Arthur Argus, former chair of the math department, wrote a 2013 email, Coward says, “I do think it [sic] that it is very important that you not deviate too far from the department norms.” The sentiment came up again in emails and memos in the following years.
“This raises the question,” Coward writes in his blog, “What does it mean to adhere to department norms if one has the highest student evaluation scores in the department, students performing statistically significantly better in subsequent courses and faculty observations universally reporting ‘extraordinary skills at lecturing, presentation and engaging students’?”
“In a nutshell: stop making us look bad. If you don't, we'll fire you,” says Coward.
“We cannot address individual personnel matters, as they are confidential,” university spokeswoman Janet Gilmore said in a statement emailed to Inside Higher Ed. “However, many lecturers have appointments that may be for a single term or up to two years. They often fill in for regular faculty who are on leave, provide additional teaching to cover surges in enrollment and teach large undergraduate classes. Lecturers do not receive a commitment to ongoing employment until after they have taught for six years and have undergone a rigorous academic review of their teaching.”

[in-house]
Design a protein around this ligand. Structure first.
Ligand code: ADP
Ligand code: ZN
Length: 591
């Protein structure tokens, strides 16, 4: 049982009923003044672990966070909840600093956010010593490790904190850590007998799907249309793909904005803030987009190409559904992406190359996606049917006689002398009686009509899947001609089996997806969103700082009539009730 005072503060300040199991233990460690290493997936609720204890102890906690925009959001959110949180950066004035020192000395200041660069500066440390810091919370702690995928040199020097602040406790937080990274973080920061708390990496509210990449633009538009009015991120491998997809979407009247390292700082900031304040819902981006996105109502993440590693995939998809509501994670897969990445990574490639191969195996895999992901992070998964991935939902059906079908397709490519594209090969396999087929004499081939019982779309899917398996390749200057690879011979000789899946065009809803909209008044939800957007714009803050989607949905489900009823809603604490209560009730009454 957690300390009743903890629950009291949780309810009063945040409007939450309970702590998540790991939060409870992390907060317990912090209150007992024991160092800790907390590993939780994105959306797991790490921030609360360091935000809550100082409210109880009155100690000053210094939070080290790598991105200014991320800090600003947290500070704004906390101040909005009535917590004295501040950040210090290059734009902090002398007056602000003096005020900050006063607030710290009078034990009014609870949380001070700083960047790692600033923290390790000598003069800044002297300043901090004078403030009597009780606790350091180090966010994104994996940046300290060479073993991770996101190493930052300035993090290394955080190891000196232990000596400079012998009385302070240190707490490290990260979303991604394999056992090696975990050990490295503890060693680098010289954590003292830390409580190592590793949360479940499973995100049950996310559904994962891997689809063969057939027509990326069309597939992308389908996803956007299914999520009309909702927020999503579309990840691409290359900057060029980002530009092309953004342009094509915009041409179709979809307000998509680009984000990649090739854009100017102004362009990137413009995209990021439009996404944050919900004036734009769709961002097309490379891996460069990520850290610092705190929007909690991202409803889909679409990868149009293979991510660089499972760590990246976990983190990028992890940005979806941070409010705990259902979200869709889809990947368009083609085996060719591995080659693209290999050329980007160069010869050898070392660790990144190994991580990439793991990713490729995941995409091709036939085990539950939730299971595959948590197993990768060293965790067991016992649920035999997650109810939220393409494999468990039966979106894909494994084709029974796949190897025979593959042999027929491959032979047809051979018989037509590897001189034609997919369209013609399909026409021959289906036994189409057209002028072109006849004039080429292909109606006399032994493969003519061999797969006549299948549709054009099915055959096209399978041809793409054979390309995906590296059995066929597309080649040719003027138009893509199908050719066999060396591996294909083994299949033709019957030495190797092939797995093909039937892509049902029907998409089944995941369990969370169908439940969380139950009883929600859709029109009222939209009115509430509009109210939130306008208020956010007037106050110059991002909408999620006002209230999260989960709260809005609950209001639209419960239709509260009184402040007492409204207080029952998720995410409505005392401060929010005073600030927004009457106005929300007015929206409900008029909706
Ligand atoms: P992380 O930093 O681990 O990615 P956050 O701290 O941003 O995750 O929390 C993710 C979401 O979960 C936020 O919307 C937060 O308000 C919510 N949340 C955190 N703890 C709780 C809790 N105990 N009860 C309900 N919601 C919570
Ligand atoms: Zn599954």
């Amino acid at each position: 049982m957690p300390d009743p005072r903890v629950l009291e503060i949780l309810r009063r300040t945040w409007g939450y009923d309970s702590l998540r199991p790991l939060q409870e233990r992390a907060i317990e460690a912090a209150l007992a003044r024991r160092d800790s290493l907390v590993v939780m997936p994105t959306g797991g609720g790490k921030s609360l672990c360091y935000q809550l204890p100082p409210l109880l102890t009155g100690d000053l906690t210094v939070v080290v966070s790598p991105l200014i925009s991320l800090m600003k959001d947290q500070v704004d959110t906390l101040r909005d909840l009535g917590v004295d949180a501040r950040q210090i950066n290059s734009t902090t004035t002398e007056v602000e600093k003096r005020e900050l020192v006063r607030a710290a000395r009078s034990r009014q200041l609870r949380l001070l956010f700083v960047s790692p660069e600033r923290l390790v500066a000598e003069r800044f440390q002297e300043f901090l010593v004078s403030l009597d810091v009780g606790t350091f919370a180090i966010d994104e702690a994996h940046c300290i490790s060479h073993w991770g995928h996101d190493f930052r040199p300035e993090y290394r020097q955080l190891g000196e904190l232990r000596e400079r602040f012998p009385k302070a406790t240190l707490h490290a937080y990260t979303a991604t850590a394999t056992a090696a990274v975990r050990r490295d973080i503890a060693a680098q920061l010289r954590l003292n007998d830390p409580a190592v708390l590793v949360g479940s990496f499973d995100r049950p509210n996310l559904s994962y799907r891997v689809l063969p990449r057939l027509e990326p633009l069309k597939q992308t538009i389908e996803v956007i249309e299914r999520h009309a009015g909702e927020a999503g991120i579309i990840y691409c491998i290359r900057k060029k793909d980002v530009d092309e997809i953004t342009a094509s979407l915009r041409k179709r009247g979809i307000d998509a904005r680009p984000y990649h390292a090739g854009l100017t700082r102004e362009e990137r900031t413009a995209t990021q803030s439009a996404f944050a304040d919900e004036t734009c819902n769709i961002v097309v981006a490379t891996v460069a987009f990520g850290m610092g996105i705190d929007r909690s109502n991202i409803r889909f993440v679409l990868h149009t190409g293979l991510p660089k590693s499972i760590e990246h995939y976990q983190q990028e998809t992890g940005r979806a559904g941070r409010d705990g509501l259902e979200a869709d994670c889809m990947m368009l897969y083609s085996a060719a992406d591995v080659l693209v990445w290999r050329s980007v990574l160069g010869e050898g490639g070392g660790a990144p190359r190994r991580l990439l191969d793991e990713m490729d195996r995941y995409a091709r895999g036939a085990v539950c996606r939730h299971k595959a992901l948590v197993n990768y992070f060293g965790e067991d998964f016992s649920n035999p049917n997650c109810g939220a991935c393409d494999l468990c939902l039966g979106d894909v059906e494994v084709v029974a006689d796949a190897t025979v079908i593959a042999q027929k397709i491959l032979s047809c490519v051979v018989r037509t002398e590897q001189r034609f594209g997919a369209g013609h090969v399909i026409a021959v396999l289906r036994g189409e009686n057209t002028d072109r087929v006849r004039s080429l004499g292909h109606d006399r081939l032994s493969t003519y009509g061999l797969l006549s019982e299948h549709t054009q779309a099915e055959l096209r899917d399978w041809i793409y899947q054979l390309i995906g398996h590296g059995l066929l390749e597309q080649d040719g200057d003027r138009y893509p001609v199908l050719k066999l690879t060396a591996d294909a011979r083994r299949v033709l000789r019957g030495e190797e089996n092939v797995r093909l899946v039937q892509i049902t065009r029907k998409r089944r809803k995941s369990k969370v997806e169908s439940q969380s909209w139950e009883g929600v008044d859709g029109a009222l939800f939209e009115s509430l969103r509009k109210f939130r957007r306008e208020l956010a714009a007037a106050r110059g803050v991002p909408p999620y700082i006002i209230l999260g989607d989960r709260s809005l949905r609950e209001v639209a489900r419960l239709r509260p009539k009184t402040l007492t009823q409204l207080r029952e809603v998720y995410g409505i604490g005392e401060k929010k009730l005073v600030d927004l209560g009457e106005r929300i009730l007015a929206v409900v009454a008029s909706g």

Emails Coward received and subsequently posted include similar statements, but taken with the evaluations and other data Coward put online, they portray a man beloved by students.